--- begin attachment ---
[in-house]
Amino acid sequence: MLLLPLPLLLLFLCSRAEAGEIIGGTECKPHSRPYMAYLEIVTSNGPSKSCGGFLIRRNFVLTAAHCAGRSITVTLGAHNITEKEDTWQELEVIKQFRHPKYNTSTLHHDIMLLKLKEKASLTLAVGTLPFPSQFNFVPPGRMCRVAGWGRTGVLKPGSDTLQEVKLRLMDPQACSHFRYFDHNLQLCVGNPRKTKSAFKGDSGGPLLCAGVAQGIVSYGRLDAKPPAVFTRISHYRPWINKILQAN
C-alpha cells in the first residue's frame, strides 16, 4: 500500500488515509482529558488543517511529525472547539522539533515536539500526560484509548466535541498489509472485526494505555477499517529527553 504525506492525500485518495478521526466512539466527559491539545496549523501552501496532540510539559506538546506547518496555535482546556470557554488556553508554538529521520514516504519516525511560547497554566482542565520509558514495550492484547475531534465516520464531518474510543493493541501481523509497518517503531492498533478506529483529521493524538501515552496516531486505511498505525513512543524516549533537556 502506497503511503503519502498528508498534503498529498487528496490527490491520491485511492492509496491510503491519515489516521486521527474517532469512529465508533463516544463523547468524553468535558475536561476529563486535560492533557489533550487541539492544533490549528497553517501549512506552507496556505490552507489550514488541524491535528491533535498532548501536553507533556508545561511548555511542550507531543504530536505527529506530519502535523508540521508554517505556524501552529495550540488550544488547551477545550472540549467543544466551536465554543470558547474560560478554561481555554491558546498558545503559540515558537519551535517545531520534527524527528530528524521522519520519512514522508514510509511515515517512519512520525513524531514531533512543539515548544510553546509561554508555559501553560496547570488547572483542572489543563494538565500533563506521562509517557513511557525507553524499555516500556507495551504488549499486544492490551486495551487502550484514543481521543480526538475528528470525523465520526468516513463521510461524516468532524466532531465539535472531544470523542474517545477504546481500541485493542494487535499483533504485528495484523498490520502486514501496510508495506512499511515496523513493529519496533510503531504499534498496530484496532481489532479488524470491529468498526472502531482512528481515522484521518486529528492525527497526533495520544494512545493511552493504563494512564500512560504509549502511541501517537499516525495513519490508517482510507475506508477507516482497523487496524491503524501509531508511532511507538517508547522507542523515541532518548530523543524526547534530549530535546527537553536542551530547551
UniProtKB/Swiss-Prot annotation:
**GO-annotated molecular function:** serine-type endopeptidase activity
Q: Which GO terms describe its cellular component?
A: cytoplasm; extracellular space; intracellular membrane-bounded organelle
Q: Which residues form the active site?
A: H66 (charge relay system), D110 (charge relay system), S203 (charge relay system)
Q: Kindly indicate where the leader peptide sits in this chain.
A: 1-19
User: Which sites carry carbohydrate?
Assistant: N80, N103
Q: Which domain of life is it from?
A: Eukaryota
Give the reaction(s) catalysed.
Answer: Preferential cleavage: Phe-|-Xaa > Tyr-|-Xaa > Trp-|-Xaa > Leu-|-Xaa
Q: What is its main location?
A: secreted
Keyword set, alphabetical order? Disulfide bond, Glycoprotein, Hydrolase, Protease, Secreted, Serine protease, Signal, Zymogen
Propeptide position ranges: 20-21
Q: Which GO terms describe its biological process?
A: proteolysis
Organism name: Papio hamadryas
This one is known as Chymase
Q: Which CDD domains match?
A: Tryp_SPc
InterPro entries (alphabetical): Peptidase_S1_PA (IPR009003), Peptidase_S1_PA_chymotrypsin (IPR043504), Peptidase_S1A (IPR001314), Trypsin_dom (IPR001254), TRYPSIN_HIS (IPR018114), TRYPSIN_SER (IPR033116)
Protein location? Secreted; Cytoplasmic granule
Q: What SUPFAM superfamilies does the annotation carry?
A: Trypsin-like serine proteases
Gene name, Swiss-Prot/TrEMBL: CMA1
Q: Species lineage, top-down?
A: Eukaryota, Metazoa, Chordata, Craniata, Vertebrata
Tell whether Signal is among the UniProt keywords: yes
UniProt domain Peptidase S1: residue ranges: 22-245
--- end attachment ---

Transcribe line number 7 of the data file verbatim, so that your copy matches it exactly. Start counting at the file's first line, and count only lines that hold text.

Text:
A: cytoplasm; extracellular space; intracellular membrane-bounded organelle